The revival of George Balanchine’s Jewels at La Scala showed the company in top-notch form, finally shedding off the insecurities arising from cancelled premieres, last minutes Covid-related cast changes, and the lack of physical training and rehearsals due to lockdowns. c
The first performance I saw was mainly filled with school students – 16-ish. I was warned by a concerned usher as I entered the foyer. But it was a great audience. After the exaggerated clapping as the conductor entered the pit, and some extra-loud shh-shushing, there was absolute silence during the three acts and even if some were using their phones they were savvy enough to keep the screen dimmed, unlike the spotlights illuminating the auditorium coming from the phones of older patrons who insist on taking out-of-focus snaps with flash. The almost expected applause on the opening of the second act as the green of emeralds passes to the red of rubies – the English opera director Anthony Besch once told me that lifting the tabs on a predominantly red set was a guarantee of applause – was matched as the curtain opened on the white diamonds of the third act, and one diamond beamed with an ear-to-ear grin.
Peter Harvey designed the original production of Jewels in 1967 for the New York City Ballet, and in 2004 he was commissioned by them to redesign it. He created a giant brooch crowning the proscenium with loosely scattered chips of glass on a gauze backdrop that change colour according to the lighting. Decadent drapes form the wings. This is the scenery seen at La Scala (and at the Mariinsky Theatre and the Semperoper in Dresden, among others). Karinska’s magnificent costumes are perfect and unchanged with the romantic tulle skirts with peacock feather detail for Emeralds, vivacious velvet tunics for Rubies, and short, soft, classical tutus for Diamonds. All are finished with jewel-encrusted bodices or necklaces with giant gems that put the Crown Jewels to shame.
The ‘false’ ending of the Emeralds act is disliked by some, with its big pose towards the end being applauded as the music continues. It feels like an afterthought, and indeed it was an afterthought by Balanchine when he added the four-minute coda in 1976. The Mariinsky leaves it out altogether (though it does perform the pas de deux that Balanchine added in the same year) preferring to finish on a climax. The slow withdrawal of the women during the coda as the seven final dancers walk simply up and down the stage, leaving the three men alone, slowly kneeling and gesturing towards something unknown in the distance, downstage left, returns the mood to the wistful and questioning atmosphere from the opening. It is a poetic conclusion.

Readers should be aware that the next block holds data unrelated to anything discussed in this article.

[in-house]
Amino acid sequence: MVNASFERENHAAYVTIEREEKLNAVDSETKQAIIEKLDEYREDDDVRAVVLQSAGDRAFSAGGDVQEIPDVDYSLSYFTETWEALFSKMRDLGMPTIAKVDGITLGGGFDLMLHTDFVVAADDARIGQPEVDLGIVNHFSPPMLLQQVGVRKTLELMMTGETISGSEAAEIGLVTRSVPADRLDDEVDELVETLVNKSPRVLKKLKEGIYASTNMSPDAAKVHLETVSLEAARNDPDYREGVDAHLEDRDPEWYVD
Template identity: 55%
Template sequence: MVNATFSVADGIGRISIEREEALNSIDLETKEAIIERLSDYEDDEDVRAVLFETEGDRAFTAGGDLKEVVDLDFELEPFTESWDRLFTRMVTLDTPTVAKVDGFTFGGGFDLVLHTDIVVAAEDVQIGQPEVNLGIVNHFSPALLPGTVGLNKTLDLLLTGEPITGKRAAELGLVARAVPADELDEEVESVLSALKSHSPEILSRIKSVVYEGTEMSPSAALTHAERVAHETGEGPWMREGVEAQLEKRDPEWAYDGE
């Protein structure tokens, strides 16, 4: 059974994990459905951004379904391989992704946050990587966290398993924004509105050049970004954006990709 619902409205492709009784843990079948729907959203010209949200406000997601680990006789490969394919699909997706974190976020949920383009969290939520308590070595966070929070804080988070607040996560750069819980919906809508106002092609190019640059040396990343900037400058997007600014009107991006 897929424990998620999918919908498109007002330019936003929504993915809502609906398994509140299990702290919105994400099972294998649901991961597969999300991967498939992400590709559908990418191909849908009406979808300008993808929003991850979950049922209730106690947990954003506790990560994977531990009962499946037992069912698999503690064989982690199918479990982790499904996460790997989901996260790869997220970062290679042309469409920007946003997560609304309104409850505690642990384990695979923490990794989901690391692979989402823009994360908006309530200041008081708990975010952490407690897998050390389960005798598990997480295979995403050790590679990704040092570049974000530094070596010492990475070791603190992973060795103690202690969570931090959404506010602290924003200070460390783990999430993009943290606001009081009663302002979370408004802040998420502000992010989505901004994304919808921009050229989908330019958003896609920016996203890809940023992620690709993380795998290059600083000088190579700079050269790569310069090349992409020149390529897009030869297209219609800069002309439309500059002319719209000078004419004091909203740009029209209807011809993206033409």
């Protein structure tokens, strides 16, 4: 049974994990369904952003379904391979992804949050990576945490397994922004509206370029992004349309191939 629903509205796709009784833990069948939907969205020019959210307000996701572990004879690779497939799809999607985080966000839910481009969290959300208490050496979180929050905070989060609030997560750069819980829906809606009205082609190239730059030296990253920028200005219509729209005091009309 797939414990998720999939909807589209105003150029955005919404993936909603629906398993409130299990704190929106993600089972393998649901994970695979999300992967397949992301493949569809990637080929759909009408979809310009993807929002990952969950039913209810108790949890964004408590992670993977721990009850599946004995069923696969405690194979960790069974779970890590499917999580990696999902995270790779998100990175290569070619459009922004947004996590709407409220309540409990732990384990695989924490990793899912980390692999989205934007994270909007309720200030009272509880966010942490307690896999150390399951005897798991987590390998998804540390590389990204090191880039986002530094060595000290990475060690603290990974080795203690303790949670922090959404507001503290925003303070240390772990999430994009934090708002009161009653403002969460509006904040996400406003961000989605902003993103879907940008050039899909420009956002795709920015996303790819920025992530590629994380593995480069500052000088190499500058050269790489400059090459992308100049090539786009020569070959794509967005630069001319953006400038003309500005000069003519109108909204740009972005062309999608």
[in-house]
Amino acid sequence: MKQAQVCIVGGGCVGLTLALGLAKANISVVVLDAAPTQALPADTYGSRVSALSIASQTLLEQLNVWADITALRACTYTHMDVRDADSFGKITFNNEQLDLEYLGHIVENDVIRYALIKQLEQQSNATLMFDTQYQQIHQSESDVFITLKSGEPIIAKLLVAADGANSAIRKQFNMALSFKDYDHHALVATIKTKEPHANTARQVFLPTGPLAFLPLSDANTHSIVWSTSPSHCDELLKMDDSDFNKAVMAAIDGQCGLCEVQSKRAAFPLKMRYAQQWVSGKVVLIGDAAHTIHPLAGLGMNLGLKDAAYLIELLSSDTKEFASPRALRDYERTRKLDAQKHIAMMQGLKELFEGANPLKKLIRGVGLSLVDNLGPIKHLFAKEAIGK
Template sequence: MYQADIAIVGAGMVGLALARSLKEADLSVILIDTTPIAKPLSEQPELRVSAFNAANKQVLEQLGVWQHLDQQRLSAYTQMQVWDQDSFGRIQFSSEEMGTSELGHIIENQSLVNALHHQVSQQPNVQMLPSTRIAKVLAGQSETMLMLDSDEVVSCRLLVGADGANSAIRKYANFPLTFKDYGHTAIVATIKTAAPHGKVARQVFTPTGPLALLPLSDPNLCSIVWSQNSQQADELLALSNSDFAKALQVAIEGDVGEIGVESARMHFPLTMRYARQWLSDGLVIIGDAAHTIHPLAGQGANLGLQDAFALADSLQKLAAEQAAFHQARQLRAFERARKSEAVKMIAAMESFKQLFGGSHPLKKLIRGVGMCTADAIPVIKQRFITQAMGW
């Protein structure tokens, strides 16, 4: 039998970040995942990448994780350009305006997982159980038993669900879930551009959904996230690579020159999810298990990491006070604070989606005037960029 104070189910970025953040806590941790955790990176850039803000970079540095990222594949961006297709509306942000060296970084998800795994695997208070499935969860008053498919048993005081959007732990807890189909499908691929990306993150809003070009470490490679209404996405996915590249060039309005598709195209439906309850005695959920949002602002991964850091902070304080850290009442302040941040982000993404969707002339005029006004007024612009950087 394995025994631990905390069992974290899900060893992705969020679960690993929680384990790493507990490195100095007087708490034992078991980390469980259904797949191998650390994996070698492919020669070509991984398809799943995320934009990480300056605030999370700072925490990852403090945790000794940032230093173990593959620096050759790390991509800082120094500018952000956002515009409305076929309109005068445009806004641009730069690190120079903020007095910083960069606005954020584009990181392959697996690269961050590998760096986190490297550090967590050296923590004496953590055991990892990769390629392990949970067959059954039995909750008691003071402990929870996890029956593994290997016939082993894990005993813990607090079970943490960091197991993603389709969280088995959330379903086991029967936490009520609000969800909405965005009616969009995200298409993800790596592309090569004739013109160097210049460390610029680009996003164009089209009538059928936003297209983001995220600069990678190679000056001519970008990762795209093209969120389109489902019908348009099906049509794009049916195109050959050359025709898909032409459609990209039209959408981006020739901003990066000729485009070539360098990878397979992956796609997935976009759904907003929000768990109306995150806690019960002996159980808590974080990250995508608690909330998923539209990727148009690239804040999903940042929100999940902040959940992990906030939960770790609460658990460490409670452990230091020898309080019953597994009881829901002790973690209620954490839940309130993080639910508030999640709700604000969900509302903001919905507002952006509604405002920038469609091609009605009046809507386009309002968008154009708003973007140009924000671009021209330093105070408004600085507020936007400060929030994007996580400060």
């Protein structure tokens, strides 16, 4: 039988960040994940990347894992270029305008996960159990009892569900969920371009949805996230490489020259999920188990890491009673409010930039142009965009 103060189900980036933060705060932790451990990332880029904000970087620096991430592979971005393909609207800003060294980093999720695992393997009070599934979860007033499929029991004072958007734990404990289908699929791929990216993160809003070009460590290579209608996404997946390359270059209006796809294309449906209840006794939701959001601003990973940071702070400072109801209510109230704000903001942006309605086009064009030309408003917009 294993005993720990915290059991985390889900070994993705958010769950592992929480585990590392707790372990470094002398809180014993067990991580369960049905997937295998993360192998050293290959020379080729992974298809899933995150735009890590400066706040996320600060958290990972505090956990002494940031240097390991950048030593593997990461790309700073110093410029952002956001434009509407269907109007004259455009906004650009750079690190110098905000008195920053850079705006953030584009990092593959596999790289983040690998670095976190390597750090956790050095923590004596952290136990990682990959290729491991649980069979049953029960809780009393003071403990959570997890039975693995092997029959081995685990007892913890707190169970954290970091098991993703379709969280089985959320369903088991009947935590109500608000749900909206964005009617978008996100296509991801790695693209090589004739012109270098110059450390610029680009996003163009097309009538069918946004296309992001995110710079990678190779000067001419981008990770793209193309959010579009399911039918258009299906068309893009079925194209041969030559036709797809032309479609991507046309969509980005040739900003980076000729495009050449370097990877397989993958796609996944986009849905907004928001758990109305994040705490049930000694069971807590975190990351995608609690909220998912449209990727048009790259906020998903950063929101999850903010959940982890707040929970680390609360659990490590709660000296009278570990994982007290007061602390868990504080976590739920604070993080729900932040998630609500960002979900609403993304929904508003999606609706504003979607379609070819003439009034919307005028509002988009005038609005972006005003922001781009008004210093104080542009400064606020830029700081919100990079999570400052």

Of the many fine casts, Vittoria Valerio with her beautifully turned-out feet and captivating way of phrasing her movements stood out, as did Alice Mariani as the second ballerina, dancing to the languorous flute melody from Gabriel Fauré’s Pelléas et Mélisande suite. She hopscotched her way through joyful remembrances of childhood as well as finding suspensions and slow-motion turns at every opportunity during the languid, contemplative moments. On a different night, Valerio danced this role and had one of those heaven-sent balances on the last arabesque position of the solo which she broke only because the music had moved on. Nicola Del Freo was, as always, technically impressive.
Balanchine used Igor Stravinsky’s whimsical and jazz-flavoured Capriccio for Piano and Orchestra for Rubies. The score gave Balanchine lots to play with and there are ironic winks to the audience almost continually with the choreography’s playful trotting and jogging, the exuberant jumps with the male lead racing ahead of his pack of friends like a number from West Side Story, the jazzy pushing forward of the hips, and the references to the fad dances of the ‘40s and ‘50s. (An interesting side note: the Capriccio was first used as ballet music when Léonide Massine choreographed it in 1947 at La Scala.) Maria Celeste Losa was superb as the solo ‘ruby’, long and slender and supple, and in the same role at another performance was Alice Mariani who oozed fun and wit. Agnese Di Clemente and Virna Toppi both danced the various pas de deux winningly, and Claudio Coviello in the pas de deux was in fine form and full of pizzazz.
Diamonds celebrates Russian imperial ballet style with nods to Swan Lake, Sleeping Beauty and so on, and is set to Tchaikovsky’s grand Symphony No 3. This is Balanchine choreographing on bended knee in front of the great choreographer who dominated his artistic formation at the Imperial Ballet School in St Petersburg and then at the Mariinsky Theatre – Marius Petipa. It is regal with slightly self-satisfied dancers parading to form the most delightful series of interlacing patterns. Diamonds has the longest and grandest finale imaginable with pose after pose after pose and always leaves this spectator with a permanent grin during the ballet’s final ten minutes.
The central couple was superlative, with Nicoletta Manni, whose aloof nature gives her the aura of a tsarina, and Timofej Andrijashenko, who has a natural princely manner. Their dancing reflected their demeanour, which was bold (yet detailed), graceful, and assured at every turn.
Graham Spicer is a writer, director and photographer in Milan, blogging (under the name ‘Gramilano’) about dance, opera, music and photography for people “who are a bit like me and like some of the things I like”. He was a regular columnist for Opera Now magazine and wrote for the BBC until transferring to Italy.
His scribblings have appeared in various publications from Woman’s Weekly to Gay Times, and he wrote the ‘Danza in Italia’ column for Dancing Times magazine.